Ivan the Giant


Ivan the Giant

by Philip A. Creurer


Middle Grade/Young Adult Fiction

Ivan Morrow has spent his short life waiting for things to happen. Now something has happened. An unknown ancestor has entrusted him with something of great value and it has gone missing. But who stole it and how to get it back? He's grown extraordinarily over the last year since turning eleven, but his mind is stuck in a kid-sized brain. Now he must match wits with a desperate thief if he is to honour the trust placed in him by his distant relative.



Leese took a few more samples of documents from her backpack. They were in a clear plastic folder separated in individual pockets like a silent accordion. She had a selection of wills, she stated matter-of-factly, the human being’s attempt to prolong life after life has ebbed, wreaking havoc or charity according to strictures of justice or caprice, wherever an errant heart beat its last retreat. Why do we always insist on having the last word? “Look, this one left everything to a niece in Guatemala…” The writing was not easily read. It was formal with curved capitals and forward leaning letters that somehow ran together while fighting to remain distinct. Great letters three lines high began significant phrases, the whole thing officiously impressed with a great disc of red wax sealed by the letter “J” in an elaborate setting of wavy lines and curly ends. “J” obviously had thought a lot about what would go on after he had ceased gracing the Earth with his worthy presence. He felt the weight of his responsibility to hold the world together from the grave and dispense his beneficent suzerainty from the throne of a granite tombstone. Well, it was true his parchment had made it into history for the general edification of succeeding generations, so maybe he had been on to something after all.

I looked at my stamps that had raced around the world in the last hundred years, spreading news of the new world to the old, raising hope again in an age of cynicism, and boasting of the progress of human effort. It didn’t change the fact that I still didn’t know where Papua New Guinea was. But that was my fault, I guess. I took an atlas off the back shelf in the classroom and shifted through its pages littered with orange and blue and red. Papua New Guinea was colonized when ships were the vessels of discovery, and I sailed my finger over the great reaches of blue, condensed and distorted to fit on a large page. The pilgrims of adventure would have tucked away a cargo of sheets of paper, parchment, wax, and stamps, all necessary to the exploration of new lands and the communication of novelty to the wearied world they had left behind. Stamp collecting was opening up a horizon of endless vistas, imperceptible until now in the fog of my listless brain. An unaccustomed stirring of adventure pulled somewhere from within.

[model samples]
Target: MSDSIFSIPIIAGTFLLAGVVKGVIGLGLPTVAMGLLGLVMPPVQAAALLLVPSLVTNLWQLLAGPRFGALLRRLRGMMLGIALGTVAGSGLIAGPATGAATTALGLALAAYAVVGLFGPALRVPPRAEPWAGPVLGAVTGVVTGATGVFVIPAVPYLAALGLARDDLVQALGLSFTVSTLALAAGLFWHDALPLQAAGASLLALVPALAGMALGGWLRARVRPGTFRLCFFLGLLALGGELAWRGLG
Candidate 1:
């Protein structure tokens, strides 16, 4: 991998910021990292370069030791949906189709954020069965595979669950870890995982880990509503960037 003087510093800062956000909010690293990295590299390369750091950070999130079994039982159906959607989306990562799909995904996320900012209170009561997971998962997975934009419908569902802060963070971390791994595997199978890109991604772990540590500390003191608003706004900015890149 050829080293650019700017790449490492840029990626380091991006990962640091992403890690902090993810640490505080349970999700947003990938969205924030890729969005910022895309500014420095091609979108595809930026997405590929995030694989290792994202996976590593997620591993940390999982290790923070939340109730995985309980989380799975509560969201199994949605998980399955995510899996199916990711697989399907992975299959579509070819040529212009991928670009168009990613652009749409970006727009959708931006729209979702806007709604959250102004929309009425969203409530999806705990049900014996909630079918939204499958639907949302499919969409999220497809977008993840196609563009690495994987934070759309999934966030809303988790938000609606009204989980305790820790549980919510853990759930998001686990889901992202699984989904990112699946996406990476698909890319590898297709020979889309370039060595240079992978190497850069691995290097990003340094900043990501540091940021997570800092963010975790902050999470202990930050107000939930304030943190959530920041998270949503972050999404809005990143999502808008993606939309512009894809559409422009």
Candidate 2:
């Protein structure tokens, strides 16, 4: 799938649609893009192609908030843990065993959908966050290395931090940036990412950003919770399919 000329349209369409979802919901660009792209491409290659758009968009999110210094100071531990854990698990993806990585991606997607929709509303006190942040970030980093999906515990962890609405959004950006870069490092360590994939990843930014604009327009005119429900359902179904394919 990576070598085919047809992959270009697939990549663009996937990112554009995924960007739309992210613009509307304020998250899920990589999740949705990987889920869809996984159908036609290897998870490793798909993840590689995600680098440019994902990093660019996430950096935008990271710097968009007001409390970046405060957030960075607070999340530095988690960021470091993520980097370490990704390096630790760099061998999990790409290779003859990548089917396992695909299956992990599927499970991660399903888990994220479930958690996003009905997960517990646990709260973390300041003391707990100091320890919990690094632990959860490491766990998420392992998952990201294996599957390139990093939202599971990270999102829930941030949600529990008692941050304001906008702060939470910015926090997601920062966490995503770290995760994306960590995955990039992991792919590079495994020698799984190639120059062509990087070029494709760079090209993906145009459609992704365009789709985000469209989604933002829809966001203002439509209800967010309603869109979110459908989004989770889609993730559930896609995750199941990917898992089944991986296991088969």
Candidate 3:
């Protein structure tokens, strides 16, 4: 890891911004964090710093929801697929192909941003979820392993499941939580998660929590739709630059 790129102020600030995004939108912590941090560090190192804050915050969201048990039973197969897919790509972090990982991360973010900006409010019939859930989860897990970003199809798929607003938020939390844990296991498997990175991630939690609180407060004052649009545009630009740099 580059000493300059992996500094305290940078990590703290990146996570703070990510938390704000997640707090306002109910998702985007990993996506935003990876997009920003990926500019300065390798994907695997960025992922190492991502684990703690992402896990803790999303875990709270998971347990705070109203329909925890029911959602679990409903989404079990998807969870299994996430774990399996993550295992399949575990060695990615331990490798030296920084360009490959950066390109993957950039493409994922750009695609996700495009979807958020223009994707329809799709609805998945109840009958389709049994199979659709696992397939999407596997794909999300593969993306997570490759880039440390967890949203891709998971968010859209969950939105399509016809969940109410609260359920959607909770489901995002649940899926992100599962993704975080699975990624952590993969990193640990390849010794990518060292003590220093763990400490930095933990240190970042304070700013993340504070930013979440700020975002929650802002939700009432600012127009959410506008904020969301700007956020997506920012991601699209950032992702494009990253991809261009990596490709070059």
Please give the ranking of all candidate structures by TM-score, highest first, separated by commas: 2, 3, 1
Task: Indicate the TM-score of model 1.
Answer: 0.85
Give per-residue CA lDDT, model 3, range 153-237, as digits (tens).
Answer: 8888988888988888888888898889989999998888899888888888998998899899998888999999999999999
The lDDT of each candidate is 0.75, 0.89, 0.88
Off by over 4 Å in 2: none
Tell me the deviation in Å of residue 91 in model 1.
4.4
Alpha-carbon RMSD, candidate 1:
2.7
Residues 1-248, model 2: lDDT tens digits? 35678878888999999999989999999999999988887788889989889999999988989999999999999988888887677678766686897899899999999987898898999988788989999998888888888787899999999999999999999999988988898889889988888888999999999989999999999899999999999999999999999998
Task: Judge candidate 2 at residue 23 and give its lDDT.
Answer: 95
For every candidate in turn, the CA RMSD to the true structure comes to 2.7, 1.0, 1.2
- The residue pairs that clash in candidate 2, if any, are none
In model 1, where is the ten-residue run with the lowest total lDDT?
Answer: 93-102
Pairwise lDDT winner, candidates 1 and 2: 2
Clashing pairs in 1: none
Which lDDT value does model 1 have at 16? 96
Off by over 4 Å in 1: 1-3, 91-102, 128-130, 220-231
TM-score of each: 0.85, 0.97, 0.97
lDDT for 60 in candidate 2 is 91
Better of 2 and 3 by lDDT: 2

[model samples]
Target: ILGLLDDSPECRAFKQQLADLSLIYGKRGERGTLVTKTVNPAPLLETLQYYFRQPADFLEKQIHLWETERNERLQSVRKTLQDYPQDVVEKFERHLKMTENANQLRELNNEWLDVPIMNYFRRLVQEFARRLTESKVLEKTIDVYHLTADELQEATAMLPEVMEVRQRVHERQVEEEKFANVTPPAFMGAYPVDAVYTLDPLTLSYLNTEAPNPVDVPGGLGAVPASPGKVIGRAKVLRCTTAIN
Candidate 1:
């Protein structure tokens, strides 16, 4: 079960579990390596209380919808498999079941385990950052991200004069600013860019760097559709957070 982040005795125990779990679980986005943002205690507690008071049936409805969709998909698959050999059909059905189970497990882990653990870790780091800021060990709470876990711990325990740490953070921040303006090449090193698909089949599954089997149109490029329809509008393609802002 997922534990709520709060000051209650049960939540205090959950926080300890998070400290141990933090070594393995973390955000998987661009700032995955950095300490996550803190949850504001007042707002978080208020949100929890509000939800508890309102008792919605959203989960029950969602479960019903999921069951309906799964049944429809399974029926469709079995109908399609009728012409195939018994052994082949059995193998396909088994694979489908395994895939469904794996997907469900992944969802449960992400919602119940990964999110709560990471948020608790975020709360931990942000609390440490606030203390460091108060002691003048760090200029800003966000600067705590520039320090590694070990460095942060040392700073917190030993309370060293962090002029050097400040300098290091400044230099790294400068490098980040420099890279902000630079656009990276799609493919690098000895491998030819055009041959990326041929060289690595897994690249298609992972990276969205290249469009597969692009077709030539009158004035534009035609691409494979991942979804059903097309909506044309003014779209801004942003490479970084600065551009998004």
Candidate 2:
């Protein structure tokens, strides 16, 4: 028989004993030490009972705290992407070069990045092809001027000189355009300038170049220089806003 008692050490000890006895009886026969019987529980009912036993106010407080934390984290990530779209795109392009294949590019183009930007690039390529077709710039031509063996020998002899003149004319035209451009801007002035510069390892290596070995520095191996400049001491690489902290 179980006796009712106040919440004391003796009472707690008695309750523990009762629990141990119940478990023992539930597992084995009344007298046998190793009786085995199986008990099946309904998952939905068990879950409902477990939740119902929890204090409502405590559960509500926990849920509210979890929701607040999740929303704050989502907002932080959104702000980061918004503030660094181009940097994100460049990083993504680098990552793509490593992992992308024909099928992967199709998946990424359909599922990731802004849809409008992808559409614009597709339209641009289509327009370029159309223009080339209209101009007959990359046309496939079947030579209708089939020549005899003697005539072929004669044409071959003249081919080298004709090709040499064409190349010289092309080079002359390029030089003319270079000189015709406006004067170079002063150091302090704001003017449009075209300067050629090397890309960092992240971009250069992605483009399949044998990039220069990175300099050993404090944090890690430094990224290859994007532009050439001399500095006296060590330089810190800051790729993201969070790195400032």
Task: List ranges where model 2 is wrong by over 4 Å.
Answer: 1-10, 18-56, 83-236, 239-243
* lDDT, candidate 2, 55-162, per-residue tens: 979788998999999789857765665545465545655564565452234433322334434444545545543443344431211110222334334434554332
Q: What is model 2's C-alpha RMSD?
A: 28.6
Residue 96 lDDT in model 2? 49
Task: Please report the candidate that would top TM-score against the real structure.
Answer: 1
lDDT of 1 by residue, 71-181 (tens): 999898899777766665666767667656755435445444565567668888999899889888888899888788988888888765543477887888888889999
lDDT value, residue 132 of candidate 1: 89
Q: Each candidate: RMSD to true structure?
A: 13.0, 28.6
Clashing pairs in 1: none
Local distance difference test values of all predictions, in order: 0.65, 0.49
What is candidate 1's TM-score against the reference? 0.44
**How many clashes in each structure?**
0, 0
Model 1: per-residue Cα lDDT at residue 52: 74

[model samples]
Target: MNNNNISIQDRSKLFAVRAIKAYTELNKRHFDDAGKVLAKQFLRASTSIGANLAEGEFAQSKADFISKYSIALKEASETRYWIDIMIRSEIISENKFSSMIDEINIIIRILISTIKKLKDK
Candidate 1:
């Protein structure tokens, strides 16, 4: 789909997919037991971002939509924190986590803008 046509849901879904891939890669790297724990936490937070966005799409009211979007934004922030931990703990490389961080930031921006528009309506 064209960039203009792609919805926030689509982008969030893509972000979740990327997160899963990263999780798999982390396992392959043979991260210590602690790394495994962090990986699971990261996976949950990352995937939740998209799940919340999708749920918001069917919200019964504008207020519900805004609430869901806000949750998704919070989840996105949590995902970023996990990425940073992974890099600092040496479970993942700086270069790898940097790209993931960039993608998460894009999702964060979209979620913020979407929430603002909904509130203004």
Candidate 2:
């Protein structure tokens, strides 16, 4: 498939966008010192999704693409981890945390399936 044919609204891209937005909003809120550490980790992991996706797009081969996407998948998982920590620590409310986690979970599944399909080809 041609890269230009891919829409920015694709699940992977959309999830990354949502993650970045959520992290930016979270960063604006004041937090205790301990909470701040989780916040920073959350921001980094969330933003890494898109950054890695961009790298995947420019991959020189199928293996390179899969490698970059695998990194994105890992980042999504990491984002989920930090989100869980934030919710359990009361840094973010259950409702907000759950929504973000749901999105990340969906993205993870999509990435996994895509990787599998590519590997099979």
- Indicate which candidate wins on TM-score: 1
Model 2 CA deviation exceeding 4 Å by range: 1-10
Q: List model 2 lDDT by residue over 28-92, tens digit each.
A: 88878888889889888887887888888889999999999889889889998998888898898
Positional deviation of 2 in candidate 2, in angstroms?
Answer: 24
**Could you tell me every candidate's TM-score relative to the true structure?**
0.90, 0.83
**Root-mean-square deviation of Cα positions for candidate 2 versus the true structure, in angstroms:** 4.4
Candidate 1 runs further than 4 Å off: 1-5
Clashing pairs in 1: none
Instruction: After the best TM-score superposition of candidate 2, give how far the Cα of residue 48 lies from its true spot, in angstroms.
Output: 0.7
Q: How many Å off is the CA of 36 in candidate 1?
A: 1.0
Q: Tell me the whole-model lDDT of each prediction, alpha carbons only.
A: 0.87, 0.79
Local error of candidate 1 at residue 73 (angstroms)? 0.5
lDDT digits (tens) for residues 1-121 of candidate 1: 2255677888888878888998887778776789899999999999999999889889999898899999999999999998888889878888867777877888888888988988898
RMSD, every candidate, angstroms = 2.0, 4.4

My Review:

Ivan the Giant is a story that is somewhat relatable for others in his age category of 11 years old. The story itself is told well and it held my attention. However, I felt the chapters seemed a bit lengthy for a Middle Grade/Young Adult book.

As part of a class assignment, Ivan is to come up with a hobby. He chooses stamp collecting, without even knowing anything about it. Conveniently, he is given a very rare, very valuable stamp to start off his collection. Entrusted with the care of this stamp, Ivan takes it to Show and Tell day at school where the stamp is stolen and replaced with a forged copy. Ivan and his two friends, along with Mr Carruthers (a local antiques shop owner) work together to figure out who stole the stamp.

While the plot is somewhat unbelievable, it is told well, and the characters are quite likeable.

I was provided a copy of this book for the purpose of review. All thoughts contained herein are my own.

About The Author


Philip Creurer has spent a large part of his life studying at home in Canada and abroad in France and Germany. From his origins in rural Saskatchewan, he returned to the Canadian Prairies in 2013. Long inspired by his English teachers who initiated the Prairie Writers' Workshop in his high school, he took up the passion of his younger years and began writing fiction again in his fifties. The Canadian Prairies form an expansive canvas from which his ideas and his characters arise. Philip lives in Edmonton, Alberta.

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  1. I like the cover! It really caught my attention!

  2. This sounds like a really good read. Very intriguing.

  3. I like the premise of this story line and enjoyed the excerpt. Sounds like a great read for the younger audience.

  4. Interesting cover. It sounds like a good book for younger readers. Thanks for the chance.

  5. This does sound interesting. I like the cover. A helpful review thank you.

  6. Sounds like a great read! I like the cover.

  7. Thank you for hosting! I appreciated your review. I had a few young adults read an early draft of the manuscript and then we debriefed together. It was fun and really instructive as an author to see how they read and what they saw in the story. I then had them read a final draft quite a bit later, when they were a little older and it was amazing to see how their own views changed as they grew up. I asked two of them if they would interview me, and they agreed! We posted several excerpts of the video conference on my website philipacreurer.com.


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